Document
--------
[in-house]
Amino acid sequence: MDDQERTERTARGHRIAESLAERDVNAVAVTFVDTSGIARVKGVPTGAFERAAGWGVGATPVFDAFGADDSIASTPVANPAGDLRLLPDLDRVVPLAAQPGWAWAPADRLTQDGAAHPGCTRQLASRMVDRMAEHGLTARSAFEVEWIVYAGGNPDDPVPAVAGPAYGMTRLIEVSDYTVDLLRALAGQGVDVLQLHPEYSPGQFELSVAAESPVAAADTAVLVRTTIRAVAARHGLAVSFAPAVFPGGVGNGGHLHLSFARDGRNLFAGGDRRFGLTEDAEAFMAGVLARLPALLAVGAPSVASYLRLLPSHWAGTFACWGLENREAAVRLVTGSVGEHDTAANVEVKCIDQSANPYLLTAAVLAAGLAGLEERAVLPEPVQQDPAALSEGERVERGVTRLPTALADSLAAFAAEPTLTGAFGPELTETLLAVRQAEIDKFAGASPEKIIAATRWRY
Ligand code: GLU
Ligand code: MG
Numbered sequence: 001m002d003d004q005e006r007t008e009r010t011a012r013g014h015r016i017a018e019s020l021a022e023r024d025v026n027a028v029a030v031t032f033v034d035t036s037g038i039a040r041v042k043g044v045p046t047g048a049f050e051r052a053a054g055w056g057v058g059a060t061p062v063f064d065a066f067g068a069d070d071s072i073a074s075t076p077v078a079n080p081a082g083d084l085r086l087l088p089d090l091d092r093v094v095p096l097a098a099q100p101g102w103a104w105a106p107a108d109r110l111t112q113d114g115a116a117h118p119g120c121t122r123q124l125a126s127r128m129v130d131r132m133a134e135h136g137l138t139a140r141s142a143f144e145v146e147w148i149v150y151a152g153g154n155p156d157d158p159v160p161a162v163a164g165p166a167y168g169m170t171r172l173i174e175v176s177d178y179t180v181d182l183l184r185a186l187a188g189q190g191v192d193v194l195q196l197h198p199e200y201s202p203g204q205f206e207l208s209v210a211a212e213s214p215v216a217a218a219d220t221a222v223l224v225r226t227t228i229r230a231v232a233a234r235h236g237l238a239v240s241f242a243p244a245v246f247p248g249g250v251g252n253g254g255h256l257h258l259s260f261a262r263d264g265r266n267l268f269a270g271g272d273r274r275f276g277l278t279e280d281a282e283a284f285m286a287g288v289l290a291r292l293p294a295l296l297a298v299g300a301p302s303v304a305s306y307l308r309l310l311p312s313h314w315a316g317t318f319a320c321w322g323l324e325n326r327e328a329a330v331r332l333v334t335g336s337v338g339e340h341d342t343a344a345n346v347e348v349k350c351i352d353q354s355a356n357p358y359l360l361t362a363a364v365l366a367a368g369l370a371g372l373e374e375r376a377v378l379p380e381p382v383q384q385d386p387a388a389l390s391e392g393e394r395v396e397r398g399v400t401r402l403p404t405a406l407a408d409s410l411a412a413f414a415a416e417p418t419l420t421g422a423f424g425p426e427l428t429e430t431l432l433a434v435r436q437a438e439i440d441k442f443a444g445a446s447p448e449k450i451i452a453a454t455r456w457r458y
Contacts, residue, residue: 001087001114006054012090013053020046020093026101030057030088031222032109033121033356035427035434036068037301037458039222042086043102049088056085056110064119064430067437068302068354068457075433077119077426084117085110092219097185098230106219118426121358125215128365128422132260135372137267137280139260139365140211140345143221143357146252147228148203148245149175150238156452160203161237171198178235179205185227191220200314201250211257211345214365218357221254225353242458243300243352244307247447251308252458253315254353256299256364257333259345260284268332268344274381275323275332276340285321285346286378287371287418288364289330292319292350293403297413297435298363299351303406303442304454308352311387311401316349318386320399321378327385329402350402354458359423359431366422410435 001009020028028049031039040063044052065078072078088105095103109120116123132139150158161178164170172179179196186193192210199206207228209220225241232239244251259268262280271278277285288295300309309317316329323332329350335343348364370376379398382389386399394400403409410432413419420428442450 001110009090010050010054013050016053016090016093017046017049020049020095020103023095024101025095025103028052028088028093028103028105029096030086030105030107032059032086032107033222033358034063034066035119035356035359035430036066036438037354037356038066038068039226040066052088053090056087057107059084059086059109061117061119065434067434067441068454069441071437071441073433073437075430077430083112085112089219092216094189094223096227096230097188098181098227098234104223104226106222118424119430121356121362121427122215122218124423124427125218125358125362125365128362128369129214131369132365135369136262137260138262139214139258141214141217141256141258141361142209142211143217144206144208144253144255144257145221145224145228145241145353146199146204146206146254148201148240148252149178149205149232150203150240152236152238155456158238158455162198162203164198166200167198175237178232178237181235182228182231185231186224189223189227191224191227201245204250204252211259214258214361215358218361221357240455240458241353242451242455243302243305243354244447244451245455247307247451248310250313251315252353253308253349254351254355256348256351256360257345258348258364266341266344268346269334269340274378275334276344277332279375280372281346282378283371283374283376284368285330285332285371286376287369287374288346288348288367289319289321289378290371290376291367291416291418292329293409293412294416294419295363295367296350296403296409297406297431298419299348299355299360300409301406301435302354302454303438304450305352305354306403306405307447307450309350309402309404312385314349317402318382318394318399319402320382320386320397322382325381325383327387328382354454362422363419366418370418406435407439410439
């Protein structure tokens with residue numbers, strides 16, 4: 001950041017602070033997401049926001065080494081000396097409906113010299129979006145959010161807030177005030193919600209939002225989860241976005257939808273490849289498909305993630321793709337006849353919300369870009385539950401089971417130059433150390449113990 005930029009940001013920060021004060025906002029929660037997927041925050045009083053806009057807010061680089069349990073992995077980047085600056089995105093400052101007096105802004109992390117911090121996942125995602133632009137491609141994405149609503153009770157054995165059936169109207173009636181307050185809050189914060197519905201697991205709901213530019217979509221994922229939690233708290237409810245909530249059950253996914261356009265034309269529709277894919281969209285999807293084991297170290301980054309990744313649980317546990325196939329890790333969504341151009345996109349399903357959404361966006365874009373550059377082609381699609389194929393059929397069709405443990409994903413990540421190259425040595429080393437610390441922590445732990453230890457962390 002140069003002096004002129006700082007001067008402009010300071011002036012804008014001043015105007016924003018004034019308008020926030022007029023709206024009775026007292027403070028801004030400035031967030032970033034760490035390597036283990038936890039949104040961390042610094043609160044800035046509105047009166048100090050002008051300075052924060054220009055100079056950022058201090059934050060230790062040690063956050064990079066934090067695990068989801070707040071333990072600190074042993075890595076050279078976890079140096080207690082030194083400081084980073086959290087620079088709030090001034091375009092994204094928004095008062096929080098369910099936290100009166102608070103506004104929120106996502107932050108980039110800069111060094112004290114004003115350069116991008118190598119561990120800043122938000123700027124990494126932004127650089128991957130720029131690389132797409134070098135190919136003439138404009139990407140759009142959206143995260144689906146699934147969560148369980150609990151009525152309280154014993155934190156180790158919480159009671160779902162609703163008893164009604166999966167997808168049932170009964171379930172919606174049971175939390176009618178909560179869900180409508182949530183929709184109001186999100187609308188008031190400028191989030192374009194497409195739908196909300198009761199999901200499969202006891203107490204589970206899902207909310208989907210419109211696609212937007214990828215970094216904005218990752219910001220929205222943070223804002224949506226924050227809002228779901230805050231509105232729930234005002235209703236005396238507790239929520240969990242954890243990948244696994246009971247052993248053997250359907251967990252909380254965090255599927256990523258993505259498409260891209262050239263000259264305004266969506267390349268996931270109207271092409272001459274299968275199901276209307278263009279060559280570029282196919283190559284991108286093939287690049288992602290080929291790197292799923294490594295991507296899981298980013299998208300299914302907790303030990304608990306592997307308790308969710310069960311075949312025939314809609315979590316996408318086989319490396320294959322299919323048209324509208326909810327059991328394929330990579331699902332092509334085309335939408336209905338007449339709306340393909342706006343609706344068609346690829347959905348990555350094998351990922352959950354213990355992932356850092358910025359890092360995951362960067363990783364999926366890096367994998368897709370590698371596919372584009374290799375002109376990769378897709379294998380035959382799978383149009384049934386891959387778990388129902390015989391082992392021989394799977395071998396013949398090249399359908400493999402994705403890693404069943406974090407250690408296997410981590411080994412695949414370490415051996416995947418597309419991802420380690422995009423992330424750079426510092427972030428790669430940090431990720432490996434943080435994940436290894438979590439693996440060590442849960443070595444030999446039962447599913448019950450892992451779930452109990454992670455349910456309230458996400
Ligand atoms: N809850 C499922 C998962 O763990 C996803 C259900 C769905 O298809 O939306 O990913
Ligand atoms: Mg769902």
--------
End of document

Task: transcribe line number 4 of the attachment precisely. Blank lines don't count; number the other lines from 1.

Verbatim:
Ligand code: MG